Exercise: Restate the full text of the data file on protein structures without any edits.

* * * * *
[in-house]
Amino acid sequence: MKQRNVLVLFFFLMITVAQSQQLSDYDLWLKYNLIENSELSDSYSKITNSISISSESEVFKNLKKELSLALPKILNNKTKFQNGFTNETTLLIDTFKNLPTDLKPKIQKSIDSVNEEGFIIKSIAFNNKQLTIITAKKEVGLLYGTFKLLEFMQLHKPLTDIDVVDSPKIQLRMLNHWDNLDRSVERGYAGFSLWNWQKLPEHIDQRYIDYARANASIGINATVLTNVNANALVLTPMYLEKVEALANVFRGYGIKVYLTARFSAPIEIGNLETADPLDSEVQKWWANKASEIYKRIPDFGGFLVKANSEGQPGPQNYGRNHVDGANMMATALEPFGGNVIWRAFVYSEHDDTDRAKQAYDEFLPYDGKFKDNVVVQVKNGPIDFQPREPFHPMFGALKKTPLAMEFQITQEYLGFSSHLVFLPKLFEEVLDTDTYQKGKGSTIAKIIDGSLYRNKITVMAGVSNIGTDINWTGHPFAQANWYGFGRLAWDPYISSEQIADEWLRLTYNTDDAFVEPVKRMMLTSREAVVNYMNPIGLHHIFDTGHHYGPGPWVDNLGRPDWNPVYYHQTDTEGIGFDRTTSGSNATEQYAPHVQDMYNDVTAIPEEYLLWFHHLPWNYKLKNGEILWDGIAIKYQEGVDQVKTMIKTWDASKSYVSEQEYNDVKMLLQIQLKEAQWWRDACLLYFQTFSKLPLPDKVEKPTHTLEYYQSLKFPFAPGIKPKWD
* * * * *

[in-house]
Amino acid sequence: MKQRNVLVLFFFLMITVAQSQQLSDYDLWLKYNLIENSELSDSYSKITNSISISSESEVFKNLKKELSLALPKILNNKTKFQNGFTNETTLLIDTFKNLPTDLKPKIQKSIDSVNEEGFIIKSIAFNNKQLTIITAKKEVGLLYGTFKLLEFMQLHKPLTDIDVVDSPKIQLRMLNHWDNLDRSVERGYAGFSLWNWQKLPEHIDQRYIDYARANASIGINATVLTNVNANALVLTPMYLEKVEALANVFRGYGIKVYLTARFSAPIEIGNLETADPLDSEVQKWWANKASEIYKRIPDFGGFLVKANSEGQPGPQNYGRNHVDGANMMATALEPFGGNVIWRAFVYSEHDDTDRAKQAYDEFLPYDGKFKDNVVVQVKNGPIDFQPREPFHPMFGALKKTPLAMEFQITQEYLGFSSHLVFLPKLFEEVLDTDTYQKGKGSTIAKIIDGSLYRNKITVMAGVSNIGTDINWTGHPFAQANWYGFGRLAWDPYISSEQIADEWLRLTYNTDDAFVEPVKRMMLTSREAVVNYMNPIGLHHIFDTGHHYGPGPWVDNLGRPDWNPVYYHQTDTEGIGFDRTTSGSNATEQYAPHVQDMYNDVTAIPEEYLLWFHHLPWNYKLKNGEILWDGIAIKYQEGVDQVKTMIKTWDASKSYVSEQEYNDVKMLLQIQLKEAQWWRDACLLYFQTFSKLPLPDKVEKPTHTLEYYQSLKFPFAPGIKPKWD